Longtime student affairs administrator Jane Tuttle is retiring
LAWRENCE — Jane Tuttle has impacted the lives of countless students and parents during her 25 years of student affairs work at the University of Kansas. Tuttle, who currently serves as associate vice provost for student affairs, is retiring from KU. She will end her last day of work on December 17 and officially retire on December 31.
“I got a really nice handwritten note from a grad when he found out I was retiring,” Tuttle said. “I had no idea I had such a positive impact on this young man. It made me cry when I read it, and it still makes me cry a little when I think about it.
Tuttle, who was named one of the KU Women of Distinction in 2012, leaves big shoes to fill the student affairs office, where she has spent the past 25 years.
“You can train someone to do your job duties, but you can’t teach history and compassion,” said Karen Bailey, assistant controller of student accounts and accounts receivable. “KU is losing a great mentor for our students and a great colleague.”
Jane began her career at KU as resident director at Ellsworth Hall in 1979 and welcomed some of her former resident assistants to campus when they brought their children to college. Since returning to KU in 1996, Tuttle has seen the university expand support for students from individual work to an entire department and adopt a compassionate withdrawal policy for undergraduates, which Tuttle always believed was necessary. With a chuckle, she explained that some of her ideas were just before their time.
In her current role, which she has held since 2015, Tuttle serves as a resource for faculty, students, and community members. She provides leadership and administrative support to the Student Affairs Division, which is committed to supporting and serving all members of the KU community.
It all started when Tuttle was drawn to the job and said yes to a job offer as assistant dean of students — a position she held from 1996 to 2004 — on a part-time, limited-term basis. Tuttle spent several years prior as a stay-at-home mom with her two sons.
“I could still do my mom’s thing, which was really important to me,” Tuttle said. “And the job was to do student driving, which I knew how to do. The rest is history.
Tuttle then served as Assistant to the Vice Provost for Student Success from 2005 to 2008. She was directly responsible for coordinating the Parent Services Program and she managed the university’s Non-Academic Misconduct Program. She then served as Associate Vice-President for Student Success from 2008 to 2011 and provided front-line communication with students, parents, teachers, staff, and other stakeholders. She retained similar responsibilities in her next position – Associate Vice Provost for Student Affairs – a position she held until her last position at KU as Associate Vice Provost for Student Affairs in 2015.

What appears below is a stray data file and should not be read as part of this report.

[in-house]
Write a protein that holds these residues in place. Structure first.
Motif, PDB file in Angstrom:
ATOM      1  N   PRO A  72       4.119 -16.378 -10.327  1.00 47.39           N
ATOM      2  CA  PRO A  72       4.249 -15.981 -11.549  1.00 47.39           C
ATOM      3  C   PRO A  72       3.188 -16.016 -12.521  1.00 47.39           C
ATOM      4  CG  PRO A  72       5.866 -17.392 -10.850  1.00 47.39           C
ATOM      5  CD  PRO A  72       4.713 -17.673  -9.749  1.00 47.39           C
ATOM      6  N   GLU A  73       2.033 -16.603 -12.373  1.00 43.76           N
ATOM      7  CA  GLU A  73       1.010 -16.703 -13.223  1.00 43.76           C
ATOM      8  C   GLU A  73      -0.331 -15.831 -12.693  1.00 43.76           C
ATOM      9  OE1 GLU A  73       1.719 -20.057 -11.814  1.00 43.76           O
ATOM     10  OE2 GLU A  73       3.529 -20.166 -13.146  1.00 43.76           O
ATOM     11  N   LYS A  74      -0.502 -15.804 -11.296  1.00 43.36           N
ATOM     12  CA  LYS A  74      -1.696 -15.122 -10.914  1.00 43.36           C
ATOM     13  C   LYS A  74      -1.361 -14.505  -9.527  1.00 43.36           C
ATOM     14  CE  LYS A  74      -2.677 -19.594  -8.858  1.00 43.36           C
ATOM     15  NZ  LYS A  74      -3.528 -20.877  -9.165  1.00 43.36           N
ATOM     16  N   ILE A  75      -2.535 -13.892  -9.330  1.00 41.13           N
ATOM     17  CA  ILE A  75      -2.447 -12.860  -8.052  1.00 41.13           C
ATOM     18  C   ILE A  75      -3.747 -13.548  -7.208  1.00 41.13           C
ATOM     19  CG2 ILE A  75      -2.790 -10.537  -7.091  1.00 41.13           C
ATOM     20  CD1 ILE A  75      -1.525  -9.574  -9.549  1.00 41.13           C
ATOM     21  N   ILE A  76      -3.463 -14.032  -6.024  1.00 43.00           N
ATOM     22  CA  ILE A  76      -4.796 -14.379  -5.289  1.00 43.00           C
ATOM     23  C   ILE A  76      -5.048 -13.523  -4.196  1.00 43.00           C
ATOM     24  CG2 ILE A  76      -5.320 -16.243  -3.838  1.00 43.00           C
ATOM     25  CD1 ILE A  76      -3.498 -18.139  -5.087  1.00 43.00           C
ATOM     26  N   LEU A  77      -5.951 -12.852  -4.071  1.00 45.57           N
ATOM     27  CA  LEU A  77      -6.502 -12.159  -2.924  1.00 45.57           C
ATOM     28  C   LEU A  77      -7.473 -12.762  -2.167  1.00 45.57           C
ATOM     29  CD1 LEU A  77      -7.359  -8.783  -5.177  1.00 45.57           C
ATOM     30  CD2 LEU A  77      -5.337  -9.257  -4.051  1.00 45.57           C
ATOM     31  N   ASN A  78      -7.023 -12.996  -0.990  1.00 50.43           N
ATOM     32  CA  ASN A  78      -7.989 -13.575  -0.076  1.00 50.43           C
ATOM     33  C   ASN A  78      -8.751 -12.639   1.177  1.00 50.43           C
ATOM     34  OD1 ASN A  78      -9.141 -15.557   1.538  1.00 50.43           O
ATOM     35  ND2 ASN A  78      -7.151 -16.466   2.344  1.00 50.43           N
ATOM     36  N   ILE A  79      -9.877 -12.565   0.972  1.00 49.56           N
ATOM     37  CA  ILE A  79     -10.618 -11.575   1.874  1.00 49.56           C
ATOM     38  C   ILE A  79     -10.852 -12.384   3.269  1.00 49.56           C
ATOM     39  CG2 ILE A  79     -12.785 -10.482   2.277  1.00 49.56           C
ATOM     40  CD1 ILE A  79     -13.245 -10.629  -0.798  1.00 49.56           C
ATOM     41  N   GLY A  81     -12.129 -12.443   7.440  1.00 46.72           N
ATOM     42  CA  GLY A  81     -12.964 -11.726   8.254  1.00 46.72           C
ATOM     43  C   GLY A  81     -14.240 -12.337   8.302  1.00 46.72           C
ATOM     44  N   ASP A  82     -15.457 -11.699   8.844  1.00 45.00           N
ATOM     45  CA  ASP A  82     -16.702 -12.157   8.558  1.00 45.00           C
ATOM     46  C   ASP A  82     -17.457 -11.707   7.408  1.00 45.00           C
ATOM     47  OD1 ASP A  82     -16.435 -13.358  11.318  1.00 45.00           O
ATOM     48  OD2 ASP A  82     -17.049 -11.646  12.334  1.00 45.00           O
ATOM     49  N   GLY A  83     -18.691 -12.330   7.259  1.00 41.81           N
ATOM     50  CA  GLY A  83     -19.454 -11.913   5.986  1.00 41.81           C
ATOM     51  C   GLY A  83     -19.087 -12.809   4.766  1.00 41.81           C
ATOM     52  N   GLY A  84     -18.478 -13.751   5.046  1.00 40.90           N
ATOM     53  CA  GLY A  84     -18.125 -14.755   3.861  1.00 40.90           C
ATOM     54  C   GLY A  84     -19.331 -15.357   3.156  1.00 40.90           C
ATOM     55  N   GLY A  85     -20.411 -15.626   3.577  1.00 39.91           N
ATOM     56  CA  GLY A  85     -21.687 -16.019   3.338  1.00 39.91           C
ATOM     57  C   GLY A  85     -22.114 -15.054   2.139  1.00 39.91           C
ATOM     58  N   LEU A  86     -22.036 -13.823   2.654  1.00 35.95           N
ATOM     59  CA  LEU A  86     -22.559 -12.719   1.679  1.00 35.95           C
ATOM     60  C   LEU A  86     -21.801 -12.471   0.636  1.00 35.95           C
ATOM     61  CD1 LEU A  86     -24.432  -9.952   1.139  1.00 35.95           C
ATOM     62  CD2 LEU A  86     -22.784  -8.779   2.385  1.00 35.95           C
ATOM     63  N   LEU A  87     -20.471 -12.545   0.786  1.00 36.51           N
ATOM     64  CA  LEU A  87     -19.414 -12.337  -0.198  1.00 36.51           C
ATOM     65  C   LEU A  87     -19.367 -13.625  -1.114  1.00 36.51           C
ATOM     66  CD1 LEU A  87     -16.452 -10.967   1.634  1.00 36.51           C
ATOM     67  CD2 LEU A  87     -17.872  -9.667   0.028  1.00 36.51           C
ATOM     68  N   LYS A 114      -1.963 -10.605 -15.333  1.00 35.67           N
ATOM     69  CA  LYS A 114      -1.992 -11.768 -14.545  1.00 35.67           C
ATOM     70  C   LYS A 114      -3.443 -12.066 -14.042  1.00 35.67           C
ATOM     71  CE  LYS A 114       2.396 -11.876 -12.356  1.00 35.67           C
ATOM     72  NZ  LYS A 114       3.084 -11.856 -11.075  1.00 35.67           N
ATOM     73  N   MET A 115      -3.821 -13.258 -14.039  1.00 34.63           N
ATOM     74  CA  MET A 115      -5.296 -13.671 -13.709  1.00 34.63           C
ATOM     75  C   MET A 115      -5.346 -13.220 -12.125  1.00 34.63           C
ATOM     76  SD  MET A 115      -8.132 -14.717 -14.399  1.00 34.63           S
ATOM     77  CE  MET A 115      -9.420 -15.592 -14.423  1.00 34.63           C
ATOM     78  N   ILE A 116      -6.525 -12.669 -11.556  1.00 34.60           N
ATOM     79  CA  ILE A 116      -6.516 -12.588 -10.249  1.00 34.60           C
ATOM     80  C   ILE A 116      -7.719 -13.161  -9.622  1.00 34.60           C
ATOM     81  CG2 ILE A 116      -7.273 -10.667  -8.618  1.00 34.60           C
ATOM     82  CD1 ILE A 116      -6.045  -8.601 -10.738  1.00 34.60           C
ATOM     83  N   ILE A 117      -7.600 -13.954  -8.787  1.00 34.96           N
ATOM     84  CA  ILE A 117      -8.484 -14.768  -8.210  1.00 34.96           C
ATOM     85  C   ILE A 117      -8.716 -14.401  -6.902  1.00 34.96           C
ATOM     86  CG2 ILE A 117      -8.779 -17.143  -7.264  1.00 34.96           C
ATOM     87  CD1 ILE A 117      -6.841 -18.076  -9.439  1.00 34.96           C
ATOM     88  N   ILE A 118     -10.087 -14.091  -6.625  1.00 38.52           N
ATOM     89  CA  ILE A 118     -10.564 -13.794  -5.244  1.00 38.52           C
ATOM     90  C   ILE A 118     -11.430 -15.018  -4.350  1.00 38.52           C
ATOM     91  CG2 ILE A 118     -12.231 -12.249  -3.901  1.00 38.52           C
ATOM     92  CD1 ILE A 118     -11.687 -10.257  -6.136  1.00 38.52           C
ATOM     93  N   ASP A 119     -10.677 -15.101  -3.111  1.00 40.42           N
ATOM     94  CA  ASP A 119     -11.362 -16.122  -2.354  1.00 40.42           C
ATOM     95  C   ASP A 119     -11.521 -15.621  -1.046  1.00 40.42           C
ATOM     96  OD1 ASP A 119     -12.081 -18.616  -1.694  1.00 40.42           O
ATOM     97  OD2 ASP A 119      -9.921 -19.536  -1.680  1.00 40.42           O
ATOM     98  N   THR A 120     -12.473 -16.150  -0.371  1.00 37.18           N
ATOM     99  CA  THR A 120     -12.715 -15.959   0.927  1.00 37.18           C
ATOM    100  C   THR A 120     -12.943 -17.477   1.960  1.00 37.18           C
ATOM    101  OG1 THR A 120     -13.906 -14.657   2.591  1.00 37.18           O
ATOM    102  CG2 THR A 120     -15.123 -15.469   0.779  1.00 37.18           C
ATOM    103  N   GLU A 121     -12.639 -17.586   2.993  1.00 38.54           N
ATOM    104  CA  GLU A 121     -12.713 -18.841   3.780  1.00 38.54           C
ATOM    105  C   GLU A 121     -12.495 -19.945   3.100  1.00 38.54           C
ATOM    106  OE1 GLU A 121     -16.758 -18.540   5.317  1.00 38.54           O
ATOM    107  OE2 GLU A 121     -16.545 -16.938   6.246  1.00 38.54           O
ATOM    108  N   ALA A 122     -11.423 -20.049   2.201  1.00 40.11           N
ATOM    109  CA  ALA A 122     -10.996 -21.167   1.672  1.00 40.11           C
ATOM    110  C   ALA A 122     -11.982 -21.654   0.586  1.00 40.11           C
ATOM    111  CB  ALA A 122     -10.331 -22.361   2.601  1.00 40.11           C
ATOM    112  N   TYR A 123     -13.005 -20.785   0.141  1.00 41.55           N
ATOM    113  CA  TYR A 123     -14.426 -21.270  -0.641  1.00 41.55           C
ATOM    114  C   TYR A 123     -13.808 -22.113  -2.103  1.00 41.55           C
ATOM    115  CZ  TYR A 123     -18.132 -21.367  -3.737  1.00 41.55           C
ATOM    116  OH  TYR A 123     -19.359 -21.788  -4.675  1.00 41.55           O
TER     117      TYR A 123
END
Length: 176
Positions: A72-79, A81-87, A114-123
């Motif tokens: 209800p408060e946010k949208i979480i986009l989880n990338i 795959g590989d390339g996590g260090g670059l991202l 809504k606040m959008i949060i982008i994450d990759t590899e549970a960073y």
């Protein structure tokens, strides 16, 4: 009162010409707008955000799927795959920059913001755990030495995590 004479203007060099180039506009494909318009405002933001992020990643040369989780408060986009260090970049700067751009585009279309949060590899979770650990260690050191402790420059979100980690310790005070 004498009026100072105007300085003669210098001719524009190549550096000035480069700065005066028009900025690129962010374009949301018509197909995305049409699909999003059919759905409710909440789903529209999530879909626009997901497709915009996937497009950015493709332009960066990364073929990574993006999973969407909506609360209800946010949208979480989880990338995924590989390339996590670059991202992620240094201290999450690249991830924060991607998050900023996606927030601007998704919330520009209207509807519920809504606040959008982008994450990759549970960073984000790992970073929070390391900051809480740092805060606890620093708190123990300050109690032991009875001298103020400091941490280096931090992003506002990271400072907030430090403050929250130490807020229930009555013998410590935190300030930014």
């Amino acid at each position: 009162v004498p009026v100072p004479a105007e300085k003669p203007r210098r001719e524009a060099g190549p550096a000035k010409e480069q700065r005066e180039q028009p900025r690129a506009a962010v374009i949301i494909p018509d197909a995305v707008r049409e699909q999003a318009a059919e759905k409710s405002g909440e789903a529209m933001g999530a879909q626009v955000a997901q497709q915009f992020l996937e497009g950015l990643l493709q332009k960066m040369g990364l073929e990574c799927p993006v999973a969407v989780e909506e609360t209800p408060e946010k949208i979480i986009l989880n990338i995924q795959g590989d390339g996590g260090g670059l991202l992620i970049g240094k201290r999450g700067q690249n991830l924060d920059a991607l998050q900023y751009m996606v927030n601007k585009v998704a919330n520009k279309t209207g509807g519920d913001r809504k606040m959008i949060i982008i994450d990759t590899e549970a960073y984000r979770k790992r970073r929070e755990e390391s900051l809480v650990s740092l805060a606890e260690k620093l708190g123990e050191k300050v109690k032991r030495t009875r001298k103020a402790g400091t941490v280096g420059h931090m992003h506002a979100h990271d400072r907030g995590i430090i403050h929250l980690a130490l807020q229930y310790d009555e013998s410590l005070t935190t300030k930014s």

Over the past 25 years, Tuttle has been fortunate to connect with thousands of KU students and parents. Difficult conversations are commonplace in her work, but she argues that honesty and compassion are key to maintaining relationships in the face of these difficult conversations.
“Jane really cares about her students,” Bailey said. “Even though these conversations are difficult, she approaches each one with care and compassion and provides guidance. That’s not to say students always get what they want, but at least someone listened and cared. of them.
Tuttle’s mind first goes to the students when he reflects on his time as Jayhawk. Hawk week, she said, is fun, even if it means working every day, and move-in day is a “joyful occasion” where students and parents are filled with hope.
Tuttle, who earned a doctorate in higher education administration from KU, was also involved in political work while at university. She recalls a time nearly 20 years ago when the Kansas Board of Regents decided to survey graduates with questions to measure indicators of success after graduation.
“That was before you could email someone and have them fill out a quick form,” Tuttle said.
The project eventually became Tuttle’s responsibility. And she thinks it’s because others thought it couldn’t be done.
“I went around and talked to every dean or their assistant and asked how we could make it work,” Tuttle said. “Long story short, we made it work, and it’s still institutionalized. My philosophy was, “I don’t care how much work it causes in the back if it gets done.” No one needs to be their champion anymore because it works.
Now, after years of hard work, Tuttle finally has time to relax and will join her husband, Herb Tuttle, in retirement. He is a recently retired KU faculty member who led the engineering management and project management programs for many years. She has no immediate retirement plans besides spending more time with her family and traveling more frequently to Texas to attend her granddaughter’s dance recitals.
But the memories of his KU family won’t fade anytime soon.
“People will miss me,” Tuttle said. “It was a truly wonderful experience. It is a research institution that cares about undergraduate students. You can’t find that everywhere.